Ecampus Research and Liberal Arts at Oregon State University

My colleague and friend, Dr. Katie Linder, is the Ecampus research director at Oregon State University.   Her work there inspired me to start this blog to help document the research efforts happening in OSU’s College of Liberal Arts.

Ecampus Fellows Program

One of the many things happening at Ecampus Research is their Fellows program.  It’s been a real benefit to CLA faculty. Past recipients include folks from Psychology, History, and Anthropology.  The fellows program seeks “to support the research, development and scholarship efforts of faculty and/or departments in the area of distance/online education.” It’s a great new program, and I advise my readers here to keep an eye on it.  But their fellows program is not the focus of this blogpost.  I want to bring your attention to Dr. Linder’s podcasts.

Liberal Arts Research and Podcasts?

Her podcasts are of particular relevance to me and my work, and can be a great resource for CLA faculty.  Research in Action is a weekly podcast on topics related to all things research. Such a wealth of information in those podcasts, I often just listen in as I am working.  After all, I seized on the idea of Research in Action and sheepishly stole its namesake for the title of this blog, Liberal Arts Research in Action.  The quote “good poets borrow, better poets steal” is often misattributed to T.S. Eliot, and it hasn’t stopped me yet!

You can find a list of past RIA episodes here.  Many provide insight to issues relevant to Liberal Arts research.

A recent RIA podcast highlights the challenges faced by humanities and text-based research, and explores the work of biblical studies scholar, Dr. Nyasha Junior, an Assistant Professor of Hebrew Bible in the Department of Religion at Temple University in Philadelphia.

Highlights from Dr. Junior’s interview:

“It’s difficult to apply for external funding….  I don’t really need things, I don’t need a particle accelerator, or a lab, or… whatever it is that people in science do.  What I need is time and space, and maybe a library assistant to go get me some books.”

Other challenges faced by researchers:

“I’d say finding funding is tough, also communicating what we do to people who are outside of the field.”

Time, space, funding, and communicating are indeed challenges.  Listen to the RIA podcast with Dr. Junior here.  And be sure to listen to the whole podcast; Dr. Junior talks about ways to market your work.

photo courtesy of

What’s the Connection to OSU CLA?

The 60th episode of RIA features an interview with Dr. Christopher McKnight Nichols.  Dr. Nichols is the Director of the Center for the Humanities at OSU.  In this podcast, Dr. Nichols talks about his research, the importance of the humanities, and the Center.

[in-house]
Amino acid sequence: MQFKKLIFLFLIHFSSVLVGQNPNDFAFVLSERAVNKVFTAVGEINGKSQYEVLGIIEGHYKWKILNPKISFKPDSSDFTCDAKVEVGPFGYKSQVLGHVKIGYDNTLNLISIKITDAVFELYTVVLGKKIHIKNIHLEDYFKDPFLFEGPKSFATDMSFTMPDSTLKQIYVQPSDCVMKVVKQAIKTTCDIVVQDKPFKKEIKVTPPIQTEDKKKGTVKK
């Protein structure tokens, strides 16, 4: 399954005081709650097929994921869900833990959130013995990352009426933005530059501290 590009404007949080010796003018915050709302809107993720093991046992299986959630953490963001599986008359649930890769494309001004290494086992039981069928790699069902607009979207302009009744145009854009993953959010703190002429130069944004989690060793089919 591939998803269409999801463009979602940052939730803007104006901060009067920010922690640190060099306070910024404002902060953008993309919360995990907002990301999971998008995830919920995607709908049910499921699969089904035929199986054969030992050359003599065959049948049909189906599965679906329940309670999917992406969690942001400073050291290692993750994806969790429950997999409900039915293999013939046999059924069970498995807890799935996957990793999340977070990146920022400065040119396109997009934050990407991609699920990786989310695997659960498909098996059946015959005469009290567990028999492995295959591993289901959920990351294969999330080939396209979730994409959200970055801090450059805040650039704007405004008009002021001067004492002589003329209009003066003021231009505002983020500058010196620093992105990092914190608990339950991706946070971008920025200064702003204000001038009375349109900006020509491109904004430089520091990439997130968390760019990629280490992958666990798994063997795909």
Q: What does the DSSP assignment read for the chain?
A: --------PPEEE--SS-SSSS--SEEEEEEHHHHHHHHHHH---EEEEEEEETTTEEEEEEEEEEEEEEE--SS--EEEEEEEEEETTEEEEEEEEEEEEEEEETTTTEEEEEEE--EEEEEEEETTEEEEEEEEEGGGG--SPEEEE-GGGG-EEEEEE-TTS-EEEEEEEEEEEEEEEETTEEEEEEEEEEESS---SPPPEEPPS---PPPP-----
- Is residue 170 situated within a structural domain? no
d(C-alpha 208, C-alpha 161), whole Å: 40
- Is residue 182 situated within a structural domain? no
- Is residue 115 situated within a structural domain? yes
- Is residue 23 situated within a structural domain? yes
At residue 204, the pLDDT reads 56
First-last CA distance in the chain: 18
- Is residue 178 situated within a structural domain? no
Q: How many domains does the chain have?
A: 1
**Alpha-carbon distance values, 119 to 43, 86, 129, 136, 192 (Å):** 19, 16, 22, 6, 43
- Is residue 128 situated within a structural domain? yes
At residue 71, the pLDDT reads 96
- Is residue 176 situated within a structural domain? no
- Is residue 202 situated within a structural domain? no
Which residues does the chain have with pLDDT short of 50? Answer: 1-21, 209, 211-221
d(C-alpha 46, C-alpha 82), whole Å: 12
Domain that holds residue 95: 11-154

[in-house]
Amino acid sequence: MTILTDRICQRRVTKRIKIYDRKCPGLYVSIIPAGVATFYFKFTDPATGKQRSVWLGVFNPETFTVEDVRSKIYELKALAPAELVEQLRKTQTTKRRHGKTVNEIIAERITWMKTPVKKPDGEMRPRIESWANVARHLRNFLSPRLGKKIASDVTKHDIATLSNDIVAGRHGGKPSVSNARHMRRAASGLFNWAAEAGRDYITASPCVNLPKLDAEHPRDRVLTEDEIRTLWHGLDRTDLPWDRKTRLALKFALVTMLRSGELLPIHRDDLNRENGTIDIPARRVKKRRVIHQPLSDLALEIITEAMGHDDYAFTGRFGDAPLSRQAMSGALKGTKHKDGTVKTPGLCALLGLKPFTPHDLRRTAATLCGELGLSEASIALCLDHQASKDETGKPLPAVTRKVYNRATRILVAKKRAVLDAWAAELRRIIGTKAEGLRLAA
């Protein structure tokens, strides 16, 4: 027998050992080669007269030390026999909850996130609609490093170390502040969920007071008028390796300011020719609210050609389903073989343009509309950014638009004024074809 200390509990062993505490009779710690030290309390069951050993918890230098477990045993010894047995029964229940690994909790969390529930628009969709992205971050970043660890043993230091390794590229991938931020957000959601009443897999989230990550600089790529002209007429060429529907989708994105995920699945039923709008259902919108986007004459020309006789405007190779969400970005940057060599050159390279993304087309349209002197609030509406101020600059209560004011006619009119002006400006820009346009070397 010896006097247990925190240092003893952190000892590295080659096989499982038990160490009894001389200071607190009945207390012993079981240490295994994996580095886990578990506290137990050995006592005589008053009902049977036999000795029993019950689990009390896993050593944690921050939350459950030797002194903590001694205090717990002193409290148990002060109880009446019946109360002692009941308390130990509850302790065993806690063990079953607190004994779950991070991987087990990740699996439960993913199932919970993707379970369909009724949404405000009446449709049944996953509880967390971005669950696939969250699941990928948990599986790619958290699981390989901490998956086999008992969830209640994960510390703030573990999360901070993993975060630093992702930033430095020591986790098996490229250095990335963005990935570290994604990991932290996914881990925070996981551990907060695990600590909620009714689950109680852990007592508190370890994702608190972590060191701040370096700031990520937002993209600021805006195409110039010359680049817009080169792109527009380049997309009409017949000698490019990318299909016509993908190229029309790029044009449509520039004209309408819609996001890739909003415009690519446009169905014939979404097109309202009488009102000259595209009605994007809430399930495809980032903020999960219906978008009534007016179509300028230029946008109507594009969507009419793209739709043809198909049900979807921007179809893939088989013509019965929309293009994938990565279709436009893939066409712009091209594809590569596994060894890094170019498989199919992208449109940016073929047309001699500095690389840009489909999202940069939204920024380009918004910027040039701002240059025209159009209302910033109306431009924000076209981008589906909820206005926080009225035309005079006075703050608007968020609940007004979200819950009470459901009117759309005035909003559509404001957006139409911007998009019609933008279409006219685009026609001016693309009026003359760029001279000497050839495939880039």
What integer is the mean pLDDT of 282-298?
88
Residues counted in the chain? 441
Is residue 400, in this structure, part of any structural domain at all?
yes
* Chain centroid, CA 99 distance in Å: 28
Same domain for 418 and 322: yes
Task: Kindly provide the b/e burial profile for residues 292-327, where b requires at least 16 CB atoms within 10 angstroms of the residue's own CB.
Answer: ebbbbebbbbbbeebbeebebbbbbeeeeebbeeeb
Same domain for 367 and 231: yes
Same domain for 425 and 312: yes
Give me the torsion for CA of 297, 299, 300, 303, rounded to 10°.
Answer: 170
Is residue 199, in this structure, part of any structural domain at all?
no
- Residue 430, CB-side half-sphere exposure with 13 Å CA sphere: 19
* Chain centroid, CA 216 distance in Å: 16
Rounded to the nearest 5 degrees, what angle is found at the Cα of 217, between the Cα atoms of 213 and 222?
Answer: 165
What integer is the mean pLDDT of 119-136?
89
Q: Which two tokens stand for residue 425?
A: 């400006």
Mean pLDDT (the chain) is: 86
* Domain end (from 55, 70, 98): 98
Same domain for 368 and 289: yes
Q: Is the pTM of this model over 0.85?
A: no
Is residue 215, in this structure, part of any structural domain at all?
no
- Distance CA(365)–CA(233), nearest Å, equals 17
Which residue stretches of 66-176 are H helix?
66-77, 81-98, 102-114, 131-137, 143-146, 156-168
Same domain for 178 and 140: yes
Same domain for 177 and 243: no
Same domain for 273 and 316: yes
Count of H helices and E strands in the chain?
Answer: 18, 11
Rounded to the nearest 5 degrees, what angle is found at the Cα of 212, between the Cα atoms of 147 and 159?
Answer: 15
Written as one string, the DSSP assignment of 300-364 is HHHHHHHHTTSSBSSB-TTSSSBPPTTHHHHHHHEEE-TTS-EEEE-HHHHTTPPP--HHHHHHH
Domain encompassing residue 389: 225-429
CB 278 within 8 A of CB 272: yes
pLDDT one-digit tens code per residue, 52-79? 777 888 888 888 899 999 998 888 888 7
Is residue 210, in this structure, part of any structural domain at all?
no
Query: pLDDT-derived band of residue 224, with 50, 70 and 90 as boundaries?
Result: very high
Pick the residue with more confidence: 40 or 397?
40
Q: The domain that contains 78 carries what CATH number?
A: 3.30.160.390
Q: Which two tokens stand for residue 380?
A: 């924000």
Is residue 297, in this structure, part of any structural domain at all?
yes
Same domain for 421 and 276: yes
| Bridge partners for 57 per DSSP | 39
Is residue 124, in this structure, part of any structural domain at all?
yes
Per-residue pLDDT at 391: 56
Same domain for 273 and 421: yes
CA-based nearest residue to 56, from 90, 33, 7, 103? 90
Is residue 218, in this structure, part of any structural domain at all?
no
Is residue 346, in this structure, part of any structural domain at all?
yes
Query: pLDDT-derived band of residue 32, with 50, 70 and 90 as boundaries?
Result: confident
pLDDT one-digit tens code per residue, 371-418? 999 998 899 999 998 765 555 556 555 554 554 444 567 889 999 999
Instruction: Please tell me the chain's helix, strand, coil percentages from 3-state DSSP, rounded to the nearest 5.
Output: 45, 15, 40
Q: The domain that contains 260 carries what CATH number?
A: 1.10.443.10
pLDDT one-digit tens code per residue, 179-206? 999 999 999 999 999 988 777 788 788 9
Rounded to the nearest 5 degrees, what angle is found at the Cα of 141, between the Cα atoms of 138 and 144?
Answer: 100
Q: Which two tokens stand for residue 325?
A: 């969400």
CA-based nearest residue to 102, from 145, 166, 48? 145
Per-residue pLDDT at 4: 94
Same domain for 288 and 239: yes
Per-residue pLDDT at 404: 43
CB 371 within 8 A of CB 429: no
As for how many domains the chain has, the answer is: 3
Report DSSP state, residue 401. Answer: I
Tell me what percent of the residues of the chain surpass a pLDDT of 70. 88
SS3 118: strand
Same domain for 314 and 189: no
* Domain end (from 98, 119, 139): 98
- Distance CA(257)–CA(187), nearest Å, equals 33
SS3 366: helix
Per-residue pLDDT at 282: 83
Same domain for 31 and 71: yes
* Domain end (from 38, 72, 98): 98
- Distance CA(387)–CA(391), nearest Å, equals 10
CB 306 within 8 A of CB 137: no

You can listen to the podcast here.  Highlights include:

“… we don’t talk about data, per se, though we clearly have a data set”.

Liberal Arts data doesn’t seem like a thing, but it is.  Often times, Liberal Arts research isn’t valued because it’s not hypothesis driven.  Katie asks a great question very relevant to almost all tracks of humanities research:  “I’m curious to what degree your work, and the different things you’re looking at, is exploratory.”

Dr. Nichols responds with how he had to first come to understand his field of study before he could start asking specific questions.  Research questions, he states, are bound by historical moments.

The Center for the Humanities

“So, one thing that’s important for me as an advocate for the humanities here at this institution is to keep bringing up the amazing work that’s going on here in the humanities.” – Dr. Nichols

Meeting space at Oregon State University’s Center for the Humanities. Photo courtesy of the Center’s website.

Like Dr. Junior, Dr. Nichols acknowledges that time is one of the most important components of developing strong humanities research.  It takes time “to write good humanities work.” And time and space are something that the Center provides.  He then adds that creating institutional infrastructures and a culture of support for humanities work is also vital.

Be sure to listen to the whole episode. There is a bonus clip at the end where Dr. Nichols’ talks about his Carnegie Fellow recognition.

Thanks, Ecampus!

Special thanks to Dr. Katie Linder for running this podcast series and for recognizing the importance of humanities based research. Her efforts of sharing information about her work is inspiring.  She recently welcomed Dr. Mary Ellen Dello Stritto to the Ecampus research team.  Mary Ellen, Katie, and I, together with Susan Emerson, Research Development Associate for the OSU Research Office recently held our first university-wide grant writing workshop.  It was a remarkable success!

What’s next for the LARA blog?

I intend to write a post about my experience at a recent conference where I accessed a wealth of knowledge from other research coordinators.

I have another post forthcoming about the 2017-2018 College of Liberal Arts Research Awards.

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